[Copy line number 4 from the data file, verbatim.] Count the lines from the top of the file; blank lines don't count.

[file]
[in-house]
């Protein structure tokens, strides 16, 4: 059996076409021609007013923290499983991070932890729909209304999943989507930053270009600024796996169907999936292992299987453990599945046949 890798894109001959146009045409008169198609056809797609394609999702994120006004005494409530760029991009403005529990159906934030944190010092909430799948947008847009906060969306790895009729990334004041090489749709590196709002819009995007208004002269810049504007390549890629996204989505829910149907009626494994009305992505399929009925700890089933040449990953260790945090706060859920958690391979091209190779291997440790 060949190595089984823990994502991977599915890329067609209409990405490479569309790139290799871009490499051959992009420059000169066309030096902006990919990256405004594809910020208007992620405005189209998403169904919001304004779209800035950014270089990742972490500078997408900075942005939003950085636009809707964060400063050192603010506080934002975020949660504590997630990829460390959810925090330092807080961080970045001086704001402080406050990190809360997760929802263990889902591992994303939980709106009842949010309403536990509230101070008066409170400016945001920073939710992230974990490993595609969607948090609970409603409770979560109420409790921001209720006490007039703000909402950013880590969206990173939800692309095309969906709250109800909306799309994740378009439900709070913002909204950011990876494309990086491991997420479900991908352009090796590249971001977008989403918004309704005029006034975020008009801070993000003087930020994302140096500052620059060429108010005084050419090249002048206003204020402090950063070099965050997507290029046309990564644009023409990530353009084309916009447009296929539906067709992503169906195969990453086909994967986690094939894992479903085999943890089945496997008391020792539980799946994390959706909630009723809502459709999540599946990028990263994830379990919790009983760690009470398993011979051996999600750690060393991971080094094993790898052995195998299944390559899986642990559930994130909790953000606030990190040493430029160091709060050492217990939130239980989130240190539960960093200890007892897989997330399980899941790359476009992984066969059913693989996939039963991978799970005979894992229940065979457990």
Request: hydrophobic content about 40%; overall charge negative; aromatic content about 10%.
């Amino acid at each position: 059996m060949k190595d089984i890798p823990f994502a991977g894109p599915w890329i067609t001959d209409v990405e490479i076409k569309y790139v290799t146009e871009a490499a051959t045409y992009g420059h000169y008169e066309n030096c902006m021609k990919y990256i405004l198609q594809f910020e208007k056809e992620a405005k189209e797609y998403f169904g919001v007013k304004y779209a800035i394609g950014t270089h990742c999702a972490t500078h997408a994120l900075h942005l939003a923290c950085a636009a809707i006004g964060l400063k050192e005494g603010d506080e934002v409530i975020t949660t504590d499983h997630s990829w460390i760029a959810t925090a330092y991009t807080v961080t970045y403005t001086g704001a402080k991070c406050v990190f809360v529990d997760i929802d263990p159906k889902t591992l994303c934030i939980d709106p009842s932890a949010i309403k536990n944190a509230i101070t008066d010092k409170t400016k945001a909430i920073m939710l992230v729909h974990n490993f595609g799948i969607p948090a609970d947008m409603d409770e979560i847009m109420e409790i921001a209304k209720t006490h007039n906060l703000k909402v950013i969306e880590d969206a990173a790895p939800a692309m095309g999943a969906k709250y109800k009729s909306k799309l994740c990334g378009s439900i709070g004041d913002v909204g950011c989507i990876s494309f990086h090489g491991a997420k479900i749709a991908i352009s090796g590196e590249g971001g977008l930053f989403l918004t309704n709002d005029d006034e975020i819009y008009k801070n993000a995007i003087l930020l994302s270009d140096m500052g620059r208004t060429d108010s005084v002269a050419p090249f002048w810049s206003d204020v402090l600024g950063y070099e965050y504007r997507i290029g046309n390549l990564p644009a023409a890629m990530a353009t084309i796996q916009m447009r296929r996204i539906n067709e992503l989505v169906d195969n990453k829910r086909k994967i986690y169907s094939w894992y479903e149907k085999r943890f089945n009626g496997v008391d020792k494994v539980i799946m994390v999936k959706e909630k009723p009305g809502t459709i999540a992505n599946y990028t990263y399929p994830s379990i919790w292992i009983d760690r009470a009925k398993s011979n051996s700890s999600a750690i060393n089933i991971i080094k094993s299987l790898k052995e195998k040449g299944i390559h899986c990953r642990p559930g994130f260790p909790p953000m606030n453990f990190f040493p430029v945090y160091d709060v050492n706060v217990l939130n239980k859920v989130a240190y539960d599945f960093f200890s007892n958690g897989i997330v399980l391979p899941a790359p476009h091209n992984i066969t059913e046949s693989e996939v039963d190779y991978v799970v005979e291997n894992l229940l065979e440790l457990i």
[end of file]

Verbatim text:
């Amino acid at each position: 059996m060949k190595d089984i890798p823990f994502a991977g894109p599915w890329i067609t001959d209409v990405e490479i076409k569309y790139v290799t146009e871009a490499a051959t045409y992009g420059h000169y008169e066309n030096c902006m021609k990919y990256i405004l198609q594809f910020e208007k056809e992620a405005k189209e797609y998403f169904g919001v007013k304004y779209a800035i394609g950014t270089h990742c999702a972490t500078h997408a994120l900075h942005l939003a923290c950085a636009a809707i006004g964060l400063k050192e005494g603010d506080e934002v409530i975020t949660t504590d499983h997630s990829w460390i760029a959810t925090a330092y991009t807080v961080t970045y403005t001086g704001a402080k991070c406050v990190f809360v529990d997760i929802d263990p159906k889902t591992l994303c934030i939980d709106p009842s932890a949010i309403k536990n944190a509230i101070t008066d010092k409170t400016k945001a909430i920073m939710l992230v729909h974990n490993f595609g799948i969607p948090a609970d947008m409603d409770e979560i847009m109420e409790i921001a209304k209720t006490h007039n906060l703000k909402v950013i969306e880590d969206a990173a790895p939800a692309m095309g999943a969906k709250y109800k009729s909306k799309l994740c990334g378009s439900i709070g004041d913002v909204g950011c989507i990876s494309f990086h090489g491991a997420k479900i749709a991908i352009s090796g590196e590249g971001g977008l930053f989403l918004t309704n709002d005029d006034e975020i819009y008009k801070n993000a995007i003087l930020l994302s270009d140096m500052g620059r208004t060429d108010s005084v002269a050419p090249f002048w810049s206003d204020v402090l600024g950063y070099e965050y504007r997507i290029g046309n390549l990564p644009a023409a890629m990530a353009t084309i796996q916009m447009r296929r996204i539906n067709e992503l989505v169906d195969n990453k829910r086909k994967i986690y169907s094939w894992y479903e149907k085999r943890f089945n009626g496997v008391d020792k494994v539980i799946m994390v999936k959706e909630k009723p009305g809502t459709i999540a992505n599946y990028t990263y399929p994830s379990i919790w292992i009983d760690r009470a009925k398993s011979n051996s700890s999600a750690i060393n089933i991971i080094k094993s299987l790898k052995e195998k040449g299944i390559h899986c990953r642990p559930g994130f260790p909790p953000m606030n453990f990190f040493p430029v945090y160091d709060v050492n706060v217990l939130n239980k859920v989130a240190y539960d599945f960093f200890s007892n958690g897989i997330v399980l391979p899941a790359p476009h091209n992984i066969t059913e046949s693989e996939v039963d190779y991978v799970v005979e291997n894992l229940l065979e440790l457990i």